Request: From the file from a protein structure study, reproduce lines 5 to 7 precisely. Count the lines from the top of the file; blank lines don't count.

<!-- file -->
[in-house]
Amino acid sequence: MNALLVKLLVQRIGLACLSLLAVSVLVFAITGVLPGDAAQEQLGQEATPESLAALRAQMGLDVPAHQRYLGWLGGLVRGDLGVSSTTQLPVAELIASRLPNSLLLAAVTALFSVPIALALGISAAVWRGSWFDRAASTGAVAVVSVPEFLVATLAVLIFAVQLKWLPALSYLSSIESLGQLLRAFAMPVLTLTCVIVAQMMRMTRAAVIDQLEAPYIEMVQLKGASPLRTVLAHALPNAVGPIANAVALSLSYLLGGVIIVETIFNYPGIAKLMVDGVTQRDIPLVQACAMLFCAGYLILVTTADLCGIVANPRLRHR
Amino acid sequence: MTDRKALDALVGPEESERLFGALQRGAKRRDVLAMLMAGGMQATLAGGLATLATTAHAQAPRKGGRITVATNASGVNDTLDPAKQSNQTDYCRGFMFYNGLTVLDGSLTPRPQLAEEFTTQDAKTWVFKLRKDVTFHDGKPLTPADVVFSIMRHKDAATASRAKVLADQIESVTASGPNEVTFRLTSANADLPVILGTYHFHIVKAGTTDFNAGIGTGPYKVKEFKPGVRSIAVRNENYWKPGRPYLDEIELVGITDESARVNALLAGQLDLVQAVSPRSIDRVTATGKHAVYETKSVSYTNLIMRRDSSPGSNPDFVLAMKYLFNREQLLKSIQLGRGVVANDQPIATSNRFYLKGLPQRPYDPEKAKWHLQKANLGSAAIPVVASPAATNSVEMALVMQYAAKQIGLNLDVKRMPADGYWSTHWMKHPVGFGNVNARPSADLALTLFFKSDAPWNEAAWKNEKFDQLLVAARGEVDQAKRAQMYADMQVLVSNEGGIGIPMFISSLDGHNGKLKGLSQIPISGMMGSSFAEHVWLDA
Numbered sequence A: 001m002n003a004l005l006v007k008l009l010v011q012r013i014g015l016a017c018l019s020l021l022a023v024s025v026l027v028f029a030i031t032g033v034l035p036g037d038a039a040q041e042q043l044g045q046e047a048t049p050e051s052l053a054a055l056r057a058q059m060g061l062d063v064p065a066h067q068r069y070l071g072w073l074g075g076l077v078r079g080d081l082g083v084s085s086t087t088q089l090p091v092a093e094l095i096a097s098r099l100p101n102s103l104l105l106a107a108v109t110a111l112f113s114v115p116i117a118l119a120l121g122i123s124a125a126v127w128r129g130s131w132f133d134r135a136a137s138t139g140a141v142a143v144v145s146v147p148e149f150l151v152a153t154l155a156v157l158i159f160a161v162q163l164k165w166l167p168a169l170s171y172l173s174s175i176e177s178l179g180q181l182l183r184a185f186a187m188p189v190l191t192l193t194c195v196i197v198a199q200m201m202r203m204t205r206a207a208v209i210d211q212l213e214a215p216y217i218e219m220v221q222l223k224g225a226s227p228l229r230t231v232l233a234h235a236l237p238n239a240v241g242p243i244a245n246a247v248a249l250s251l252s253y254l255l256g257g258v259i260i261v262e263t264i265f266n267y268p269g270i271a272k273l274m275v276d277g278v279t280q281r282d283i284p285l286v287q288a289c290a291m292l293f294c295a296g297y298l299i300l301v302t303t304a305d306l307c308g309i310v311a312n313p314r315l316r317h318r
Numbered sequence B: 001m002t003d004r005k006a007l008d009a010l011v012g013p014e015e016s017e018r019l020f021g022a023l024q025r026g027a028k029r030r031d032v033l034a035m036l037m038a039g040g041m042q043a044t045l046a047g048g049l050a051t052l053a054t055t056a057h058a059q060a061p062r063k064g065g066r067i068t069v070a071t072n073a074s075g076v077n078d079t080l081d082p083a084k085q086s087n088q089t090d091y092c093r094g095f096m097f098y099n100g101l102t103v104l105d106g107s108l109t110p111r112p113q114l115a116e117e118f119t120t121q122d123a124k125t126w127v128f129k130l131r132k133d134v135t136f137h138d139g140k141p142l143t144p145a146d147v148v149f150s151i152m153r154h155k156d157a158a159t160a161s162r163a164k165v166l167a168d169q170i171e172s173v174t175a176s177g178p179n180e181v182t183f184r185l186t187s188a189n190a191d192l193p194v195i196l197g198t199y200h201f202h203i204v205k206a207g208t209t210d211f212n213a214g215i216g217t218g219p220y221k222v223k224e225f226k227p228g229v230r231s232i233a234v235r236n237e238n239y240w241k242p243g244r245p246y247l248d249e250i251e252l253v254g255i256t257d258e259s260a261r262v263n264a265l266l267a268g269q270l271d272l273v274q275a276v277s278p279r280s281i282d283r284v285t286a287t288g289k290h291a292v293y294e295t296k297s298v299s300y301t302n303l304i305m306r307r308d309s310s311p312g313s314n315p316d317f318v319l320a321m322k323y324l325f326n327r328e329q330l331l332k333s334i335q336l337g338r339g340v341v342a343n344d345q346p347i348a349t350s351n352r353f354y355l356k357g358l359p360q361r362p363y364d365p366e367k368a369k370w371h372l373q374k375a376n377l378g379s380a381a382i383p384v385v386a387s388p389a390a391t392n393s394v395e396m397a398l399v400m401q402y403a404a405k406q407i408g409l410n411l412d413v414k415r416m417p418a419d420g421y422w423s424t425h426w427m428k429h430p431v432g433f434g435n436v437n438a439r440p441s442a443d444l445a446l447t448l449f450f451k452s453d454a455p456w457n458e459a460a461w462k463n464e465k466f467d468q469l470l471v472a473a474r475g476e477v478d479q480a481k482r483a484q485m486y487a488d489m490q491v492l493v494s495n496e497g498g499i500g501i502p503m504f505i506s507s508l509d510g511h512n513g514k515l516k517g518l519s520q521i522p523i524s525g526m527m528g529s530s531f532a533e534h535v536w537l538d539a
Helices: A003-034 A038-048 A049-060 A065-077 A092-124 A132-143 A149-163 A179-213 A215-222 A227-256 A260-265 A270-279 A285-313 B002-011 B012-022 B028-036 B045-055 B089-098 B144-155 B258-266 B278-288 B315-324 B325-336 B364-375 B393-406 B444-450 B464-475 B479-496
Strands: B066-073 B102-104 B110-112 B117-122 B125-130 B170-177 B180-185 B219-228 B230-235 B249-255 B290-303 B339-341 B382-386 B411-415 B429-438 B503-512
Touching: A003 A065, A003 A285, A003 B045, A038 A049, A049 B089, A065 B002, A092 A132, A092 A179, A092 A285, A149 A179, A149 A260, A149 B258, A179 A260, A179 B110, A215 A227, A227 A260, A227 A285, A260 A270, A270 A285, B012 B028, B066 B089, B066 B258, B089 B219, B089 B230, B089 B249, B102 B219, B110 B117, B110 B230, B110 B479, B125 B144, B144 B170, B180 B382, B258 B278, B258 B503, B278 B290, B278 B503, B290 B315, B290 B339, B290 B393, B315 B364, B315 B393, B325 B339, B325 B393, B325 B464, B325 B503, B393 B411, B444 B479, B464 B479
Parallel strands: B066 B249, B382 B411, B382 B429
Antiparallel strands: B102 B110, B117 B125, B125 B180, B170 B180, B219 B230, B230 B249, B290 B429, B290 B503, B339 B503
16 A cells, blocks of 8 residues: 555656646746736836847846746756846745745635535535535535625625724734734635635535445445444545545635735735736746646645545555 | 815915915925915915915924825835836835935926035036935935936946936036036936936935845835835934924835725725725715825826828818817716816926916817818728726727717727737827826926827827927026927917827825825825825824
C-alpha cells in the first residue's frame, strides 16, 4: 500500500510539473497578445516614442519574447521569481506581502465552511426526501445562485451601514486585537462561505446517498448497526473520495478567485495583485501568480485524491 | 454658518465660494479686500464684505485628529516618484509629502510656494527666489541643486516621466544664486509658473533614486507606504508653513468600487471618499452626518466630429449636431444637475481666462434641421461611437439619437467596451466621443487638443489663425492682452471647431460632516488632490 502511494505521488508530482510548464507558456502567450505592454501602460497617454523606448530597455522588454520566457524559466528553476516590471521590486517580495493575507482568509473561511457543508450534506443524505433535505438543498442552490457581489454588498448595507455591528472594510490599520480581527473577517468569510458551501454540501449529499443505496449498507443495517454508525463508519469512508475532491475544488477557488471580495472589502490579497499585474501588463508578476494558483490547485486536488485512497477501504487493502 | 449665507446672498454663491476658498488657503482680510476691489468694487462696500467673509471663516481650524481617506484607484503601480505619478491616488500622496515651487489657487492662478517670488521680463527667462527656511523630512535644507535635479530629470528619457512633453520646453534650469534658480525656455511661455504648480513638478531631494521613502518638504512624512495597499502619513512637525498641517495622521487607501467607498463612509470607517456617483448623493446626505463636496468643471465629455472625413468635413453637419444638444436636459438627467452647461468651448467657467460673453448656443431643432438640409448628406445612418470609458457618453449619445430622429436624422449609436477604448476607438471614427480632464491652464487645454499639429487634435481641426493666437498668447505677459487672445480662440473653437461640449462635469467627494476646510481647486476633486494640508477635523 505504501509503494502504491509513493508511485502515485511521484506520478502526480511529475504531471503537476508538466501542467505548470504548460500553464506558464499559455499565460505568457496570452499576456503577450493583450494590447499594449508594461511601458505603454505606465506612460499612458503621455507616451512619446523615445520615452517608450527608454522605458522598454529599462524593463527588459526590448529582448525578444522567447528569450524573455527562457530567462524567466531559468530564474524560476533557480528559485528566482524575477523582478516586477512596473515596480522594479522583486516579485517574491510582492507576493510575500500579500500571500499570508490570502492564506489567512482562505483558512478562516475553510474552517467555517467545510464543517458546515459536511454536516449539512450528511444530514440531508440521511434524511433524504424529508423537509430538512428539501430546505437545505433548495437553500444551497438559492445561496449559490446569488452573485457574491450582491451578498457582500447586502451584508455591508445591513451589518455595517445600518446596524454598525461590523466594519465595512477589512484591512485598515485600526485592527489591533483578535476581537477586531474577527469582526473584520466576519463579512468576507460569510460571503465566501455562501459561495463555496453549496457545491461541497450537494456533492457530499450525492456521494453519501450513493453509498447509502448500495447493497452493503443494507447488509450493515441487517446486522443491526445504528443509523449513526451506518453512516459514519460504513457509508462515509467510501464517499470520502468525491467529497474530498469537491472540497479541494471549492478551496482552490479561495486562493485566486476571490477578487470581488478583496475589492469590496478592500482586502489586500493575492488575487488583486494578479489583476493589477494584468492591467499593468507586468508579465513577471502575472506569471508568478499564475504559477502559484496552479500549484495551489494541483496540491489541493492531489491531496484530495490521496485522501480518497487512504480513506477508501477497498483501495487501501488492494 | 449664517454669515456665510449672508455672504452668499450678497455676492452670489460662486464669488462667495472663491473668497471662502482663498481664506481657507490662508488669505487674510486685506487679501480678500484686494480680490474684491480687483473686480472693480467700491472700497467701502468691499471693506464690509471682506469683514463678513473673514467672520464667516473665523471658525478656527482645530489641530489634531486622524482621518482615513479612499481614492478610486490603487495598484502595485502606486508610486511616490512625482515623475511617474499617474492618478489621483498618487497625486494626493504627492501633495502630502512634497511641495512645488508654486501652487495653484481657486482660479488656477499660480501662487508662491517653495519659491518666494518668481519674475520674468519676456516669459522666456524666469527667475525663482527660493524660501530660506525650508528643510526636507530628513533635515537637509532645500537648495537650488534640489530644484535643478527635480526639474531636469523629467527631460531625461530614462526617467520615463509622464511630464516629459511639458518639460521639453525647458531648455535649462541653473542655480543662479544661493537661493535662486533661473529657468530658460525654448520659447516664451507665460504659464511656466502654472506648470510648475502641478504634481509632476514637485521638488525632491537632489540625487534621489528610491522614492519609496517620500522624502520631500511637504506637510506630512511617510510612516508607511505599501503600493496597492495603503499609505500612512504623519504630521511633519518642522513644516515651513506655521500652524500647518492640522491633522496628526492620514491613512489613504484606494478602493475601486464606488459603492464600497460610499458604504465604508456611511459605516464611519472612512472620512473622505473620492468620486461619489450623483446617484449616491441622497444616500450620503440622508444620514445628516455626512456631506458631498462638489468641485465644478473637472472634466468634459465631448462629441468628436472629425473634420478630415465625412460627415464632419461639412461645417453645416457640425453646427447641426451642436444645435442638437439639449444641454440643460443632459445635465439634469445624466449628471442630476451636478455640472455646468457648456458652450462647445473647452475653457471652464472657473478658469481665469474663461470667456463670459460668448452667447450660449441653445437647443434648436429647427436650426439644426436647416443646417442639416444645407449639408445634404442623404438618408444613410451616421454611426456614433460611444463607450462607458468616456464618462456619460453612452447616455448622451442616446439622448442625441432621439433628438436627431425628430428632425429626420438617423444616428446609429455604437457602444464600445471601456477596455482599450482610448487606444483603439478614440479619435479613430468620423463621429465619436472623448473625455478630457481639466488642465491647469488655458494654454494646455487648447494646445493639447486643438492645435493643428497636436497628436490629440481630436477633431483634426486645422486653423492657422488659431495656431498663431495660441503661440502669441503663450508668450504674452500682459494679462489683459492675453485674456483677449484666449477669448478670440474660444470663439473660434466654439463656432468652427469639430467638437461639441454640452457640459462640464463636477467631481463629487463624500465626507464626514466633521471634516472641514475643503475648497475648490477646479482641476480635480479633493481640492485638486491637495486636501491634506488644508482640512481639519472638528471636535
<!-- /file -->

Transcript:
Numbered sequence B: 001m002t003d004r005k006a007l008d009a010l011v012g013p014e015e016s017e018r019l020f021g022a023l024q025r026g027a028k029r030r031d032v033l034a035m036l037m038a039g040g041m042q043a044t045l046a047g048g049l050a051t052l053a054t055t056a057h058a059q060a061p062r063k064g065g066r067i068t069v070a071t072n073a074s075g076v077n078d079t080l081d082p083a084k085q086s087n088q089t090d091y092c093r094g095f096m097f098y099n100g101l102t103v104l105d106g107s108l109t110p111r112p113q114l115a116e117e118f119t120t121q122d123a124k125t126w127v128f129k130l131r132k133d134v135t136f137h138d139g140k141p142l143t144p145a146d147v148v149f150s151i152m153r154h155k156d157a158a159t160a161s162r163a164k165v166l167a168d169q170i171e172s173v174t175a176s177g178p179n180e181v182t183f184r185l186t187s188a189n190a191d192l193p194v195i196l197g198t199y200h201f202h203i204v205k206a207g208t209t210d211f212n213a214g215i216g217t218g219p220y221k222v223k224e225f226k227p228g229v230r231s232i233a234v235r236n237e238n239y240w241k242p243g244r245p246y247l248d249e250i251e252l253v254g255i256t257d258e259s260a261r262v263n264a265l266l267a268g269q270l271d272l273v274q275a276v277s278p279r280s281i282d283r284v285t286a287t288g289k290h291a292v293y294e295t296k297s298v299s300y301t302n303l304i305m306r307r308d309s310s311p312g313s314n315p316d317f318v319l320a321m322k323y324l325f326n327r328e329q330l331l332k333s334i335q336l337g338r339g340v341v342a343n344d345q346p347i348a349t350s351n352r353f354y355l356k357g358l359p360q361r362p363y364d365p366e367k368a369k370w371h372l373q374k375a376n377l378g379s380a381a382i383p384v385v386a387s388p389a390a391t392n393s394v395e396m397a398l399v400m401q402y403a404a405k406q407i408g409l410n411l412d413v414k415r416m417p418a419d420g421y422w423s424t425h426w427m428k429h430p431v432g433f434g435n436v437n438a439r440p441s442a443d444l445a446l447t448l449f450f451k452s453d454a455p456w457n458e459a460a461w462k463n464e465k466f467d468q469l470l471v472a473a474r475g476e477v478d479q480a481k482r483a484q485m486y487a488d489m490q491v492l493v494s495n496e497g498g499i500g501i502p503m504f505i506s507s508l509d510g511h512n513g514k515l516k517g518l519s520q521i522p523i524s525g526m527m528g529s530s531f532a533e534h535v536w537l538d539a
Helices: A003-034 A038-048 A049-060 A065-077 A092-124 A132-143 A149-163 A179-213 A215-222 A227-256 A260-265 A270-279 A285-313 B002-011 B012-022 B028-036 B045-055 B089-098 B144-155 B258-266 B278-288 B315-324 B325-336 B364-375 B393-406 B444-450 B464-475 B479-496
Strands: B066-073 B102-104 B110-112 B117-122 B125-130 B170-177 B180-185 B219-228 B230-235 B249-255 B290-303 B339-341 B382-386 B411-415 B429-438 B503-512